sorry for my noobish question but i have an important test on friday and i really wanna understand things more in depth :/

thank you very much !

Share this post


Link to post
Share on other sites
If it helps to clear up your confusion, the code is equivalent to this:
[source]
X a;
a = X(20);
[/source]
It is not a that is destroyed, but the temporary value X(20) that has to be created in ordet to perform the assignment to a.

What happens is:

  1. Default-construct the named variable a.
  2. Construct a temporary object from the integer 20.
  3. Assign the temporary object to the named variable a.
  4. Destroy the temporary object.

Step 2 is what causes the program to print that the constructor with value 20 is called.
Step 4 is what causes the program to print that the destructor is called.

Share this post


Link to post
Share on other sites
super, thank you Brother Bob. That cleared my whole confusion about this issue !!! :)

and thanks to all the other guys again who basicly said the same but i misinterpreted the thing about the temporary variable ;)

Share this post


Link to post
Share on other sites
If you change your constructor declaration to:

explicit X(int d = -1) : data(d)


You won't get the confusing automatic type conversions. You have to manually call the constructor if you want them.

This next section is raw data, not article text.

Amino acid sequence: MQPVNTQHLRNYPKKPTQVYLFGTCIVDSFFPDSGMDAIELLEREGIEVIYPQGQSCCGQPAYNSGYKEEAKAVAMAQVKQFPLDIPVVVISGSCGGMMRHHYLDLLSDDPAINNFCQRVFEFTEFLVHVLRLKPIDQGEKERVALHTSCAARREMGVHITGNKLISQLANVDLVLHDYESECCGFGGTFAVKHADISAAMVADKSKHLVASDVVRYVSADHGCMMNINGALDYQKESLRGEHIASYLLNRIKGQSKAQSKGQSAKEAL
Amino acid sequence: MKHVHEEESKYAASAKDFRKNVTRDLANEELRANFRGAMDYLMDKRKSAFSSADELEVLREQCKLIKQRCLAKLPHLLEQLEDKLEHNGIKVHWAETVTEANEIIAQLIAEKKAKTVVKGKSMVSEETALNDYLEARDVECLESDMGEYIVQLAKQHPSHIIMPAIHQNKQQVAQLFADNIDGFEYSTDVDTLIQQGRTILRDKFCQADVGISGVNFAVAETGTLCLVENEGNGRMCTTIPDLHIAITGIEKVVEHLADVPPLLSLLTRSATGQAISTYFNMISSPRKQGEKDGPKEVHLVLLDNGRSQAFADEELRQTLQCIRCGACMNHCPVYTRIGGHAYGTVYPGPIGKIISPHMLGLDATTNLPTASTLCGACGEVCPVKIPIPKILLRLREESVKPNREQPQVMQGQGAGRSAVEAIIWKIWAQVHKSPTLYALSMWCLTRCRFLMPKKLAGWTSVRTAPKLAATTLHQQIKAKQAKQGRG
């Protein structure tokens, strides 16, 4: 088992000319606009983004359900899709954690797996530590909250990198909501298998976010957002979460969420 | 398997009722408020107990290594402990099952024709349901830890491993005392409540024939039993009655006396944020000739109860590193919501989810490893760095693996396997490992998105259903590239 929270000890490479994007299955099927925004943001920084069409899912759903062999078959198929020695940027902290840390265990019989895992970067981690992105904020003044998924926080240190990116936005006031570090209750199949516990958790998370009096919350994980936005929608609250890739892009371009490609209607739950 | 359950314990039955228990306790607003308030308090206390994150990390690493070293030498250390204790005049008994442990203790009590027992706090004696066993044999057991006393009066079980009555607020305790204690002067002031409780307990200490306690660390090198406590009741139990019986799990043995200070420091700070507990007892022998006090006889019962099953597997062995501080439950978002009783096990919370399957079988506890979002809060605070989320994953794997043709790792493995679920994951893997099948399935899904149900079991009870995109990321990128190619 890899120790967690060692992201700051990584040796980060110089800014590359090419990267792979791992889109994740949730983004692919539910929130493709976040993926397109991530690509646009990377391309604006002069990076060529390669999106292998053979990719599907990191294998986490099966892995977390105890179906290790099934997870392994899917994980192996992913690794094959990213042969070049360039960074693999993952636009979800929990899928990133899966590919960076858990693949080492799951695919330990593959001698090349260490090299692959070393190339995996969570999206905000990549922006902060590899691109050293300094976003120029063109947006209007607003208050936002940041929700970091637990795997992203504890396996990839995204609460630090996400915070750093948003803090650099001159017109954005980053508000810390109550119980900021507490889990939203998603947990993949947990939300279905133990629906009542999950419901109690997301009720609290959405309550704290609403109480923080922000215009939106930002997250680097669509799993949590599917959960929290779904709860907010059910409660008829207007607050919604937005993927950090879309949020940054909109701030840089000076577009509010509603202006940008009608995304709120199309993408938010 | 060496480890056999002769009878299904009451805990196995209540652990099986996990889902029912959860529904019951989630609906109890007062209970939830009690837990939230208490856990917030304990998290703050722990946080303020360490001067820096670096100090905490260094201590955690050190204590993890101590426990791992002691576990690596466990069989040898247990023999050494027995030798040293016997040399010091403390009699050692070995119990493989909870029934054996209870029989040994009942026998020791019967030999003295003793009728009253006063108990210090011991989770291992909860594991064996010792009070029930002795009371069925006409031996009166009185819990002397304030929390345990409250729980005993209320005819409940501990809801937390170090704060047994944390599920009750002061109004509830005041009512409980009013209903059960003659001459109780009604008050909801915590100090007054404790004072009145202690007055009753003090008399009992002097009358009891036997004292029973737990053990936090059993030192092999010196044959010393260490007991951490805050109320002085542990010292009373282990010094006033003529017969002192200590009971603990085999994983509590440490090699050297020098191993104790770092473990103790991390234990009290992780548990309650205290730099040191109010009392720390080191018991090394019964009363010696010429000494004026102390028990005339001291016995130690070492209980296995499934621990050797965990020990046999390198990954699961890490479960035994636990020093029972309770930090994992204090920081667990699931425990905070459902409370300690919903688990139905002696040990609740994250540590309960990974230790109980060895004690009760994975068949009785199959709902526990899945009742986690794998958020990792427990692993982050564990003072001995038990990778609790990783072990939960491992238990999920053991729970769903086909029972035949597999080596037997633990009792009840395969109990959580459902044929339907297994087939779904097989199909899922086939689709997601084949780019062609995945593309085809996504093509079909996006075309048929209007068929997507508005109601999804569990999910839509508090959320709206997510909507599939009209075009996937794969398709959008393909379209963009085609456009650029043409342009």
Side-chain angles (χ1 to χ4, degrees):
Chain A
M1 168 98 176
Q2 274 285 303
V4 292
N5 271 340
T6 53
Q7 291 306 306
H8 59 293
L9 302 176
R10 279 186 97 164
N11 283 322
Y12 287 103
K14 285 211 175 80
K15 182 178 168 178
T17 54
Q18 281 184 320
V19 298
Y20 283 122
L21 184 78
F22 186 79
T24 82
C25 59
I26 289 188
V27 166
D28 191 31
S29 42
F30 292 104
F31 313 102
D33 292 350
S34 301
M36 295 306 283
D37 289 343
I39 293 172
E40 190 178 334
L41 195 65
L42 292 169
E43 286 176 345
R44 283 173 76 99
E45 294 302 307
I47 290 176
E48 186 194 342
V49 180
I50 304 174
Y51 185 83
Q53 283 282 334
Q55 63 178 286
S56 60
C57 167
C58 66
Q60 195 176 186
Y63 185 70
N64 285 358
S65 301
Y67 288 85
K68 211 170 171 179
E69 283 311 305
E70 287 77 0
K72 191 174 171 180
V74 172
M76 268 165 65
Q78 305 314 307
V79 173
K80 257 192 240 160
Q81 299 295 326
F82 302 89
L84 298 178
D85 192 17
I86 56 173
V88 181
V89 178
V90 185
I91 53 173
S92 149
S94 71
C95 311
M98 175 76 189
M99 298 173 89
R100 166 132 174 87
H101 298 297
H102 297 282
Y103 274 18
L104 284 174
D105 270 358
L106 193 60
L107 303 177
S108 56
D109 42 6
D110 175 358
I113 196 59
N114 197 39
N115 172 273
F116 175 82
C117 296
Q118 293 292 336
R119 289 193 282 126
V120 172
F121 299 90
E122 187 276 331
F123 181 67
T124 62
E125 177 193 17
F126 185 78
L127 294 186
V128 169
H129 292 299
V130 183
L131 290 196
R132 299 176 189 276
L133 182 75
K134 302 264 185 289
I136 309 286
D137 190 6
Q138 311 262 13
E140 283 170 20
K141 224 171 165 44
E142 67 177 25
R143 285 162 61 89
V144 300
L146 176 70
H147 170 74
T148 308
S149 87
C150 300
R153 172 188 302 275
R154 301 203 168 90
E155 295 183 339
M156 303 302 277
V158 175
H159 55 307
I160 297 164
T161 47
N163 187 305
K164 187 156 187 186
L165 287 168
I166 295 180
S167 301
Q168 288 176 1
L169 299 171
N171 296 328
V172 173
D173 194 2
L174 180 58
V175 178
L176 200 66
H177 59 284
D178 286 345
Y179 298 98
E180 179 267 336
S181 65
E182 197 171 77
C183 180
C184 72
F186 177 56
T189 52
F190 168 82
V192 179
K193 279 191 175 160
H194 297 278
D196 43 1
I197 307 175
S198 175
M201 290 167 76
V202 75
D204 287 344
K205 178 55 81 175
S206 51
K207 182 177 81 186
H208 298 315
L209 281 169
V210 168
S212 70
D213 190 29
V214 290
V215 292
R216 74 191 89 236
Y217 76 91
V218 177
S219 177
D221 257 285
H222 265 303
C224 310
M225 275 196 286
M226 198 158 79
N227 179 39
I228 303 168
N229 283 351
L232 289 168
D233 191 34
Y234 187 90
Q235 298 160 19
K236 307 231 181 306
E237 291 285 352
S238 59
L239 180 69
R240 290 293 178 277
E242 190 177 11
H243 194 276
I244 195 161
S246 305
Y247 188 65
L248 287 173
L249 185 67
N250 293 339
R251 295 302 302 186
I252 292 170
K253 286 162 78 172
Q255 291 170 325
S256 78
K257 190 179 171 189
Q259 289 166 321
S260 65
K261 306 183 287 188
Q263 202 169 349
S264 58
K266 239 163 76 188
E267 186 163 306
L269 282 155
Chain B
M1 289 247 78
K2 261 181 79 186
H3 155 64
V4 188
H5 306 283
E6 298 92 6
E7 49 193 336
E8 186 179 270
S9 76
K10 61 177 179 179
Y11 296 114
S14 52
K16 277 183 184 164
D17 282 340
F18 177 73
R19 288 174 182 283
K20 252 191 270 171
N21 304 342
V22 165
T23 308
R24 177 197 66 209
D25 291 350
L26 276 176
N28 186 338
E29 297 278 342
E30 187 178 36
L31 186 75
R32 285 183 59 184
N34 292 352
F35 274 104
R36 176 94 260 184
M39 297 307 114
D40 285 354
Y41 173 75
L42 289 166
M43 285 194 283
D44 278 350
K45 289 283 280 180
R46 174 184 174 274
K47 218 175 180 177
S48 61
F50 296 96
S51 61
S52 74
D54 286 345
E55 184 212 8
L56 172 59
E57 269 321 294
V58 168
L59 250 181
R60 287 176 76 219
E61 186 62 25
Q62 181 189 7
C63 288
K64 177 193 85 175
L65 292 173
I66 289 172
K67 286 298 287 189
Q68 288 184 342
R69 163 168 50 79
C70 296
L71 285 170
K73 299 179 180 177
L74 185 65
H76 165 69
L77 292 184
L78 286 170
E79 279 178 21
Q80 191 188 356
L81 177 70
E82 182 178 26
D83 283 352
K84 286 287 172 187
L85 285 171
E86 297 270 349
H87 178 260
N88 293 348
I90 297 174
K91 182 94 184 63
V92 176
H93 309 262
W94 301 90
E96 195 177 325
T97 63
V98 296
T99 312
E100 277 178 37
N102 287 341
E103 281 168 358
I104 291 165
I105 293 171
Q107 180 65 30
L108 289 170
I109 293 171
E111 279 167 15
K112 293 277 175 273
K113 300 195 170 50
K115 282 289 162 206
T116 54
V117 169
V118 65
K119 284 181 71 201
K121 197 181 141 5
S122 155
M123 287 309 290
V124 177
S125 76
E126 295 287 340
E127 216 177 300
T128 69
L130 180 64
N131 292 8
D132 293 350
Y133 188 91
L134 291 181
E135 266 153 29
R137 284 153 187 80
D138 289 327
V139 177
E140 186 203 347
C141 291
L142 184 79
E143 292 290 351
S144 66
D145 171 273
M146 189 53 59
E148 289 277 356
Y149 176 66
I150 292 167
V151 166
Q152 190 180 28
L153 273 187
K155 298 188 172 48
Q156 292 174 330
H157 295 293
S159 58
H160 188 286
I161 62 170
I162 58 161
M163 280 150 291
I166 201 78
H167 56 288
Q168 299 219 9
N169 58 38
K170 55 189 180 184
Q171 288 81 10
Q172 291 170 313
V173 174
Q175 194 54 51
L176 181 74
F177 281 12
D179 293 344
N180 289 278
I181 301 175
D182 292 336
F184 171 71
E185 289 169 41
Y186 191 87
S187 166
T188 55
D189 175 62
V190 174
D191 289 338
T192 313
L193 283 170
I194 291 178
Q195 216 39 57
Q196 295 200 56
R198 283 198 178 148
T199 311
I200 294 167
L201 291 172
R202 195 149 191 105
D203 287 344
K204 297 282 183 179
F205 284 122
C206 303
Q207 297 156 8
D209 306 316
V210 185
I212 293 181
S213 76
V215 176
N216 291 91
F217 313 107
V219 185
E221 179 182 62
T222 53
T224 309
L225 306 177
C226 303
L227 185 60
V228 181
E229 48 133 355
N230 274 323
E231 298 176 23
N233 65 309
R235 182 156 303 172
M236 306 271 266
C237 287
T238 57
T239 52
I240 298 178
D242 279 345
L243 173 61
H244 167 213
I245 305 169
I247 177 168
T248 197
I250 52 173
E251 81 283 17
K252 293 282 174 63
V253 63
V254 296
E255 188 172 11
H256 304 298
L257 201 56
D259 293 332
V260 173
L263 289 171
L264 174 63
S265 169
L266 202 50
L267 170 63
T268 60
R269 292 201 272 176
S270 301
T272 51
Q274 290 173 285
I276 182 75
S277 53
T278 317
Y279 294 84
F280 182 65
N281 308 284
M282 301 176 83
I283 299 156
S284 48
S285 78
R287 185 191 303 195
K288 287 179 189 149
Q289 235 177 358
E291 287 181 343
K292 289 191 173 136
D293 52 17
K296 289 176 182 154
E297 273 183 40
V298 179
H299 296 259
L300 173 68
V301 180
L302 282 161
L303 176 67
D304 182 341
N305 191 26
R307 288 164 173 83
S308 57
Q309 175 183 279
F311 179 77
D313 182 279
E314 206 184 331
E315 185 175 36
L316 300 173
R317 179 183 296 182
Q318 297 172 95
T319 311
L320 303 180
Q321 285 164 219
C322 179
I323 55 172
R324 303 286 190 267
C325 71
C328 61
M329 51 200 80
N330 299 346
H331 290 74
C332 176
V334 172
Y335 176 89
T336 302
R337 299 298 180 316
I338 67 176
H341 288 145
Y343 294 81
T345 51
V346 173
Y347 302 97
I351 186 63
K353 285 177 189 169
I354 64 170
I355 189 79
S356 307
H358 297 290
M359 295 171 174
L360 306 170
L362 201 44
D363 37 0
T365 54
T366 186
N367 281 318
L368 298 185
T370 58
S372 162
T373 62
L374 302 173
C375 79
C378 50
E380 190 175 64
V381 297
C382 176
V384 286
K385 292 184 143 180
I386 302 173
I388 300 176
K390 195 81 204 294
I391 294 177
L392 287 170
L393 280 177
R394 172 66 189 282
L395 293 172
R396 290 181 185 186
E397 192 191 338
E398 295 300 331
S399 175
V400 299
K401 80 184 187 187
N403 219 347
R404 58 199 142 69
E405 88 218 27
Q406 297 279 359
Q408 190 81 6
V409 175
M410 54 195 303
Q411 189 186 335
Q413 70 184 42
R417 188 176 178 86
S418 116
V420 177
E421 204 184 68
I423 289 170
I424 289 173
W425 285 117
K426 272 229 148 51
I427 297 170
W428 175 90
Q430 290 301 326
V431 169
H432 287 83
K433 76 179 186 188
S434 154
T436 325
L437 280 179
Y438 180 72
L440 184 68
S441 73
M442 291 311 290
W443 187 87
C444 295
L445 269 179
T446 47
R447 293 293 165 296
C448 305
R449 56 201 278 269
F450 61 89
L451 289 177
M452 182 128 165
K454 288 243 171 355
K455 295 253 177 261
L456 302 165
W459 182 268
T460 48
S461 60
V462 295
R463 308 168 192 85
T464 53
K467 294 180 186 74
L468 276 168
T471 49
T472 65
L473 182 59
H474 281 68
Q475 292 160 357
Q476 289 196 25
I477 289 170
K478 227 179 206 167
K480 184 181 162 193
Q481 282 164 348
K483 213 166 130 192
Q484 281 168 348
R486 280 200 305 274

Share this post


Link to post
Share on other sites
For the destructor call, maybe it detects that you are not going to use the variable anymore, and thus destroys it before reaching the end of the block.


The compiler can do that? Doesn't that essentially break RAII? For example, how could std::scope_lock work if the compiler could do this?

Share this post


Link to post
Share on other sites

[quote name='Waterlimon' timestamp='1328624848' post='4910504'] For the destructor call, maybe it detects that you are not going to use the variable anymore, and thus destroys it before reaching the end of the block.


The compiler can do that? Doesn't that essentially break RAII? For example, how could std::scope_lock work if the compiler could do this?
[/quote]
It cannot.

As with any compiler optimization, the compiler can only optimize code as long as the observable behavior of the code does not change. If the compiler can destroy an object earlier without any side effects, then I don't know of any reason why it should not be able to do so. Now, since the destructor in the OP's code, and in RAII in general since you mentioned it, has side effects (OP's code is outputting text, and RAII typically release a resource), it cannot be performed earlier since that would change the observable behavior of the program.

Share this post


Link to post
Share on other sites
Sign in to follow this  

  • Advertisement
×

Important Information

By using GameDev.net, you agree to our community Guidelines, Terms of Use, and Privacy Policy.

GameDev.net is your game development community. Create an account for your GameDev Portfolio and participate in the largest developer community in the games industry.

Sign me up!